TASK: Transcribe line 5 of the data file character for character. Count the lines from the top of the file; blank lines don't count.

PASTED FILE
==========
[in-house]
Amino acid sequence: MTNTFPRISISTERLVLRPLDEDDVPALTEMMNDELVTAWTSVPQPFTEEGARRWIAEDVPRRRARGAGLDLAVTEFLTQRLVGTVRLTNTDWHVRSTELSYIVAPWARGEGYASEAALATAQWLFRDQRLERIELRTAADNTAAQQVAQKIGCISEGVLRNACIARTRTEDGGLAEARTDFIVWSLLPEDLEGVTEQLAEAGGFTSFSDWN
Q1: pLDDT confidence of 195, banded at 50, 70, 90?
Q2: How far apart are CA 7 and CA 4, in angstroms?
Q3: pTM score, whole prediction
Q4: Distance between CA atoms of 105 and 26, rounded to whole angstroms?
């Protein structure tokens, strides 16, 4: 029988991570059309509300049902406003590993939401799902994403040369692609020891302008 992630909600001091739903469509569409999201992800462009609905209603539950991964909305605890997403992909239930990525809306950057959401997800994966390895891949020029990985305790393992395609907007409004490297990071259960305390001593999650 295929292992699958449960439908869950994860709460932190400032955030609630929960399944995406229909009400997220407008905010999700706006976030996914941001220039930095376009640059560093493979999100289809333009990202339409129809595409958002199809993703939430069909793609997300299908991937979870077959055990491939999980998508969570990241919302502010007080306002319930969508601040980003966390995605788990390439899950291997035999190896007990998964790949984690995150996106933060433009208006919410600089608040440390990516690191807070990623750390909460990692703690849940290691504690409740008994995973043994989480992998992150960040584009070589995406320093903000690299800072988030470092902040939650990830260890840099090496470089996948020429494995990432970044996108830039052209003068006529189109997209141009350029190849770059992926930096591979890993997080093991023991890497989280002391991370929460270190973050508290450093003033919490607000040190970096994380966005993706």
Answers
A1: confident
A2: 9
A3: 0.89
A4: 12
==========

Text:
Q3: pTM score, whole prediction